Law Religion Culture Review

Exploring the intersections of law, religion and culture. Copyright by Richard J. Radcliffe. All rights reserved.

Tuesday, April 26, 2005

Caught between Law School and Divinity School.

Here's a piece that's disturbing on a couple of levels.

At first blush, it appears to be a story highlighting an out-of-control judiciary. A judge held a lawyer in contempt because he refused to file papers to become a member of the New York bar, and instead wanted to become a minister. (M. Fass, "Ex-NY Associate Held in Contempt for Not Seeking Admission to the Bar", New York Lawyer, April 12, 2005.)

This is not a misprint: "An attorney-turned-divinity student ... has been held in contempt by a Manhattan judge for refusing to file the necessary papers to become a member of the New York State Bar." (Id.)

Why did the judge order the man to be a lawyer rather than a divinity student?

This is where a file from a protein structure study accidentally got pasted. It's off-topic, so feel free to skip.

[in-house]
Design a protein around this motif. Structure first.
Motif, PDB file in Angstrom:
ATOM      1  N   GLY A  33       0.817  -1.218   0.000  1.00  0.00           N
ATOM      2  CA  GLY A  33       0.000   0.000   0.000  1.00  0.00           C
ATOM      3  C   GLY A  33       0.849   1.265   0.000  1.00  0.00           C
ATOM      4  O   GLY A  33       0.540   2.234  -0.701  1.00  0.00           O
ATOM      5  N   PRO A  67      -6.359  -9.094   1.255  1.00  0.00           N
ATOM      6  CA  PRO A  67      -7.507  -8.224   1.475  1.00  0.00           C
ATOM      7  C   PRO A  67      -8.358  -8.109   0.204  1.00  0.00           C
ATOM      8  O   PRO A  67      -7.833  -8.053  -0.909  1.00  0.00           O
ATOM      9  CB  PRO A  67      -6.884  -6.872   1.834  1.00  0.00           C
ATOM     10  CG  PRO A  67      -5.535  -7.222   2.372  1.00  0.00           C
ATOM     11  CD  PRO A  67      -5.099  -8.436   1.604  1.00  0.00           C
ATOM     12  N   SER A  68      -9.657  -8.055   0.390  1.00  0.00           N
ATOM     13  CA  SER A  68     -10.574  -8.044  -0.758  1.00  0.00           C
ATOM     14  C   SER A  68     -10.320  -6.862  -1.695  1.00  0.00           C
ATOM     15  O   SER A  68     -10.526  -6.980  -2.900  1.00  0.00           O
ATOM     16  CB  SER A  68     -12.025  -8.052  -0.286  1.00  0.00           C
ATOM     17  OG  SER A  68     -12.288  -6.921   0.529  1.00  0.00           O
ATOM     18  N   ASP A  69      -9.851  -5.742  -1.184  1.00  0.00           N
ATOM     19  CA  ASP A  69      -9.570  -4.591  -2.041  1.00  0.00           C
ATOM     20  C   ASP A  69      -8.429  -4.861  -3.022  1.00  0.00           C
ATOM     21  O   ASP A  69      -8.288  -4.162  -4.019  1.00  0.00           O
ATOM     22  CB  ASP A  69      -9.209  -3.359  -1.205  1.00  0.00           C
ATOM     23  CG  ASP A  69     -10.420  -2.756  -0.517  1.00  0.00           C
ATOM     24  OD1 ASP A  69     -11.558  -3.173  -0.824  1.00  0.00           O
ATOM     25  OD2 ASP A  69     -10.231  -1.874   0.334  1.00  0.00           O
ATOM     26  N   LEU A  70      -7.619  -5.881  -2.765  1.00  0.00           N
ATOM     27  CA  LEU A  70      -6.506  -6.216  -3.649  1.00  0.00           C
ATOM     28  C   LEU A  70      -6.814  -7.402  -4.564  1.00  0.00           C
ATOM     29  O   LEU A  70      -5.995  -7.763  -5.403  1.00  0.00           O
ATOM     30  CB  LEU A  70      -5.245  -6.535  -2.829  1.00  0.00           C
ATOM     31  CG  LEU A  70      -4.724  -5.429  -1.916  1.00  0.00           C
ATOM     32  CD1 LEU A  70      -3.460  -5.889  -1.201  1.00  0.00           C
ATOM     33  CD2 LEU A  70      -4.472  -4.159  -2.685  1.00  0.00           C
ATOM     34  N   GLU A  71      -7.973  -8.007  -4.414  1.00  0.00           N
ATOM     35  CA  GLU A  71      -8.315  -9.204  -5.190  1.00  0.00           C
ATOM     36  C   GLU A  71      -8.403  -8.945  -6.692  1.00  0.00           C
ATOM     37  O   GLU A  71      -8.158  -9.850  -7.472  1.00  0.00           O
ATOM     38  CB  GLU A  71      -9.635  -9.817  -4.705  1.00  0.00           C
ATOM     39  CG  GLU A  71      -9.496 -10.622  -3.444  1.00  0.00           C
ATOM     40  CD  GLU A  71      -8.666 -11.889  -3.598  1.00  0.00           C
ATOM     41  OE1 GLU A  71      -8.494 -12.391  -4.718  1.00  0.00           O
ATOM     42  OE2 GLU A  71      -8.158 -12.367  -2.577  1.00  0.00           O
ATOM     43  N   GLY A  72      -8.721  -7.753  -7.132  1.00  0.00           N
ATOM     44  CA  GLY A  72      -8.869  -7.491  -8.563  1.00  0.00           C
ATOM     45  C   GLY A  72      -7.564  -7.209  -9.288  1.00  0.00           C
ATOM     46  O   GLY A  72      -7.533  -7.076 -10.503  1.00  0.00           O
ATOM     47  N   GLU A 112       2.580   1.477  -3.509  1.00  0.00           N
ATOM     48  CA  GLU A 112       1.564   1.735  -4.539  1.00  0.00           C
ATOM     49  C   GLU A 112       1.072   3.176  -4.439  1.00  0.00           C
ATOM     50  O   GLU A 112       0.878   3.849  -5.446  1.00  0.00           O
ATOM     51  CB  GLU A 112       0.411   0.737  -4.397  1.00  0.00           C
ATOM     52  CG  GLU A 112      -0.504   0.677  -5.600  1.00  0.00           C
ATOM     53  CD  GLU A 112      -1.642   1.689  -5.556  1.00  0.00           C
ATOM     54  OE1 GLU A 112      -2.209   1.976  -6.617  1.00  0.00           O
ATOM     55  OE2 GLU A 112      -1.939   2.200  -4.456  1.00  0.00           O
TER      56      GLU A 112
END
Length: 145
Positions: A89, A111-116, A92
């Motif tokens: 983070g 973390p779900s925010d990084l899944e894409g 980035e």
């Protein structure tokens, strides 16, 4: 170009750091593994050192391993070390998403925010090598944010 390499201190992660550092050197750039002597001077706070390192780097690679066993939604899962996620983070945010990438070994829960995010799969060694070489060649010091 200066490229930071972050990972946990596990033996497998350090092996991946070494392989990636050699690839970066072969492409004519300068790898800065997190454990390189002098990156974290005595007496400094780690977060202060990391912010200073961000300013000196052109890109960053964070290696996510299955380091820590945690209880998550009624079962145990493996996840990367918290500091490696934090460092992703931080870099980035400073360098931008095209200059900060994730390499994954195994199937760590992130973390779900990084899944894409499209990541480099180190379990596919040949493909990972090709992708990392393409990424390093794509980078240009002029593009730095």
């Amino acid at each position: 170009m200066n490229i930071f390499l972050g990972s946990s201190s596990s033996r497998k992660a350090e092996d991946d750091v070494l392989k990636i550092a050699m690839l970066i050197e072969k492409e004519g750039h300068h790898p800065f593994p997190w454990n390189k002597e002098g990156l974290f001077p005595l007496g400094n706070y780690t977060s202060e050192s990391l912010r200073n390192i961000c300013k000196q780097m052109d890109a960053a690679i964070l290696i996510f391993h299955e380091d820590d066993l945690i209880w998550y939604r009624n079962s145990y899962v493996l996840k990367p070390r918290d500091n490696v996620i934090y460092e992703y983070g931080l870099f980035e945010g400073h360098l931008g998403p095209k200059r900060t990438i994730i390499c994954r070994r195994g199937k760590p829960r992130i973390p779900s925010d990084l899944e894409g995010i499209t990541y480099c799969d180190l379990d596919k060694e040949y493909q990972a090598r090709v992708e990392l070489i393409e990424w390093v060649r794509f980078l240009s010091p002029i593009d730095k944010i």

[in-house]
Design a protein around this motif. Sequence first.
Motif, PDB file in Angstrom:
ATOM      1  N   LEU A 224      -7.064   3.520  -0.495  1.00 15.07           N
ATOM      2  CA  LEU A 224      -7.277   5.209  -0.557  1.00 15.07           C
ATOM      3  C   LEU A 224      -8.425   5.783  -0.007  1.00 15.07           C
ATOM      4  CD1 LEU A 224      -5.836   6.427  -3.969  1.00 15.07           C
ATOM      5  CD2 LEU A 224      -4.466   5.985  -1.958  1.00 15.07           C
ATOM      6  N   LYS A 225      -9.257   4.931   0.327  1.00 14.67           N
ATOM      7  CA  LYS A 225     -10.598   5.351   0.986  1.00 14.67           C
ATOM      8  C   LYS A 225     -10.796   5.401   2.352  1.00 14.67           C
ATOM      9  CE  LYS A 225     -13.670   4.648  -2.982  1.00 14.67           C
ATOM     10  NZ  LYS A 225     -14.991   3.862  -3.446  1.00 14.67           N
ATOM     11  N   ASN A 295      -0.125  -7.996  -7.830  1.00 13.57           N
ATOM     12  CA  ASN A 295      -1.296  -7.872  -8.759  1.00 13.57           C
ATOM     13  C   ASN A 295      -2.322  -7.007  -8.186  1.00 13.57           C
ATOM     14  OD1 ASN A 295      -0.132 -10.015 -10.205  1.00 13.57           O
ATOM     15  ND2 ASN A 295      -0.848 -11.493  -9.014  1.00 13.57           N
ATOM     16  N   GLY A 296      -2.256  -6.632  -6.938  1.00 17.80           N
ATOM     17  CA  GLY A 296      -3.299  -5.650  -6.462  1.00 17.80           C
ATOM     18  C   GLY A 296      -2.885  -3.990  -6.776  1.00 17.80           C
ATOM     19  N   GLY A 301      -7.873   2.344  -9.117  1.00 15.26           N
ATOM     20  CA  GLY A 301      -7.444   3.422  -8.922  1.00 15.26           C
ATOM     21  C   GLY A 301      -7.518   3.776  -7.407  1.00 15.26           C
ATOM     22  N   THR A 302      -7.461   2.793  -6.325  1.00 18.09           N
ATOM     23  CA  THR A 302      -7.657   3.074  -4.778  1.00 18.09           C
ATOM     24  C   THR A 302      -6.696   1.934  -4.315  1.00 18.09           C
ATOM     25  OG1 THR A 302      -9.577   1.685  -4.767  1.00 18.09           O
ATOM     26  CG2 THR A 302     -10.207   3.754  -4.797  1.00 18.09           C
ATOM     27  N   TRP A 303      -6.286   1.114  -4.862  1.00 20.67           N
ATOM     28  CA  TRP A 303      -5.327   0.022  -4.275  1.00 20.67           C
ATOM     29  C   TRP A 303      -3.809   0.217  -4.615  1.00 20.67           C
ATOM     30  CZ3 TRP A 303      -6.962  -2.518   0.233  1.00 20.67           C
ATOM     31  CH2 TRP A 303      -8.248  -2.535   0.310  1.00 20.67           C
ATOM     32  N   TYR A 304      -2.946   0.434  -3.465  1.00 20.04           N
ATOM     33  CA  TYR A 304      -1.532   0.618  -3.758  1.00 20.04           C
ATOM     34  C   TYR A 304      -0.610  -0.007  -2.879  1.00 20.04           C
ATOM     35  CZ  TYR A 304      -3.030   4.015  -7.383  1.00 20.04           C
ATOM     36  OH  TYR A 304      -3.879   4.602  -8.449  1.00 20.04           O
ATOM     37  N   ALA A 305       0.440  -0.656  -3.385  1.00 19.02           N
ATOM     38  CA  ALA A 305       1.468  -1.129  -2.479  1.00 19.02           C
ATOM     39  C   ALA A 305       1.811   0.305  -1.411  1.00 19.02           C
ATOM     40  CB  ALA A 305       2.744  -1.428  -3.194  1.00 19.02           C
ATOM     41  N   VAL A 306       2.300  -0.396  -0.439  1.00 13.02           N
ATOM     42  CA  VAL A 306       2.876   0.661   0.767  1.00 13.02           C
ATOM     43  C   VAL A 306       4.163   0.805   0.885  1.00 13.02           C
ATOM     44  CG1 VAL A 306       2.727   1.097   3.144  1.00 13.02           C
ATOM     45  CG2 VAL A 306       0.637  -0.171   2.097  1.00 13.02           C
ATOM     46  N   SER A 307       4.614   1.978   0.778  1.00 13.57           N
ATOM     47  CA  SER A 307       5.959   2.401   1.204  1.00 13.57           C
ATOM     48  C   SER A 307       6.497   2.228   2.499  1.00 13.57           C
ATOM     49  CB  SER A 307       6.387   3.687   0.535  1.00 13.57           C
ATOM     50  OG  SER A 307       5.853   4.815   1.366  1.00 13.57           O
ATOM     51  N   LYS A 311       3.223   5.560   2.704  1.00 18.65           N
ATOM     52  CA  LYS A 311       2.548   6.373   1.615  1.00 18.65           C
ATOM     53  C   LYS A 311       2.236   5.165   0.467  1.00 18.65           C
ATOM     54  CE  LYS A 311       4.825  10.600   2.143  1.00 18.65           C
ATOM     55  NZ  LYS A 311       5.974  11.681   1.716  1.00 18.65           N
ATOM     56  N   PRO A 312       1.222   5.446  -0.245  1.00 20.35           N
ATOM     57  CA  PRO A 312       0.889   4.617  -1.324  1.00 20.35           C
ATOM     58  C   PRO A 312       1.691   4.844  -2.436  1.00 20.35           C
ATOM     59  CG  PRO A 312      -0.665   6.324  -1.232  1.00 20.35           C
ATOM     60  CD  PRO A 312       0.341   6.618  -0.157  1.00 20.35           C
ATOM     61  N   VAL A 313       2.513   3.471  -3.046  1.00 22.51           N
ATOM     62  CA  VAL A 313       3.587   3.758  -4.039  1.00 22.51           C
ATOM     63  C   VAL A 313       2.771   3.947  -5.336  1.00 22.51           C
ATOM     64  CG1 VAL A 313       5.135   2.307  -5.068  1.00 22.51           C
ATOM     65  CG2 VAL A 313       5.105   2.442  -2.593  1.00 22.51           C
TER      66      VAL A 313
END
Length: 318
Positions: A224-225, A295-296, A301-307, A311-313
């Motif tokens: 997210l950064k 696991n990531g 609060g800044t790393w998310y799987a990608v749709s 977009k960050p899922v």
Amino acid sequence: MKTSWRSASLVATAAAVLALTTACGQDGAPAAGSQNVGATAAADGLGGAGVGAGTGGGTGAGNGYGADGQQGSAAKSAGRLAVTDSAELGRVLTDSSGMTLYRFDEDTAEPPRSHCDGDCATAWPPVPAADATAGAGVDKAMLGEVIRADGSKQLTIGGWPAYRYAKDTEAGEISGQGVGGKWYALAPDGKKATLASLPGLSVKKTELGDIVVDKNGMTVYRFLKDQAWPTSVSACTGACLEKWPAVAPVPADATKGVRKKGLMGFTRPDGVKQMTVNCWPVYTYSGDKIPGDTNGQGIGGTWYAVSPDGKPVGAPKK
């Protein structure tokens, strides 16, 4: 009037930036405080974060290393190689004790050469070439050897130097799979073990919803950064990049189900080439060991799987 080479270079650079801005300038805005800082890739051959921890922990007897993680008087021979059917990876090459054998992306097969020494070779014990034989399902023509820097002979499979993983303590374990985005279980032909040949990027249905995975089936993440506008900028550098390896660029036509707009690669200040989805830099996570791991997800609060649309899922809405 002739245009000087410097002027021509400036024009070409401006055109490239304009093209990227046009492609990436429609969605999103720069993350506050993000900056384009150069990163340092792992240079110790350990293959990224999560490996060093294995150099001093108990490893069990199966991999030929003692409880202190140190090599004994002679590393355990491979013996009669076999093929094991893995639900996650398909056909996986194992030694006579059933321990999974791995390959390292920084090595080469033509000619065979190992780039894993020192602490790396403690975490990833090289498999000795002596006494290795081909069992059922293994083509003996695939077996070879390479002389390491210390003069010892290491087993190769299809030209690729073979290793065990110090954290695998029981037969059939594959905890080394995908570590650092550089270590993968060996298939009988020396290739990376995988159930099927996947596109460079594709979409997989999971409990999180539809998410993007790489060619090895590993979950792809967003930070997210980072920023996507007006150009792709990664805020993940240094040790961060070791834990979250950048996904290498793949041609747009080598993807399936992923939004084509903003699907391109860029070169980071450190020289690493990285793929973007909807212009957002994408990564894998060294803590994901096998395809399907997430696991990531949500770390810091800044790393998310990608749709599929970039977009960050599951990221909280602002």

The contempt order had something to do with his $40,000 unpaid child support obligation. (Id.)

Acting Supreme Court Justice Jeffrey S. Sunshine wrote: "Here, defendant has willfully determined that he will not file the papers necessary for the admission to the bar with the appropriate judicial department. He has also willfully determined that he now wishes to become a minister and not meet his support obligations." (Id.; emphasis supplied.)

The ex-wife was "particularly disturbed that [her former spouse Mr. Ajose] is living in a house owned by his mother, drives a new car, has a cell phone and a separate phone line, is well-dressed and recently purchased the children expensive video games systems, scooters and other gifts," according to Justice Sunshine's ruling. (Id.)

For his part, Mr. Ajose replied that "having a cell phone and a home phone is not an indicator of affluence in any sense." (Id.)

(HT: vanderhoofven.)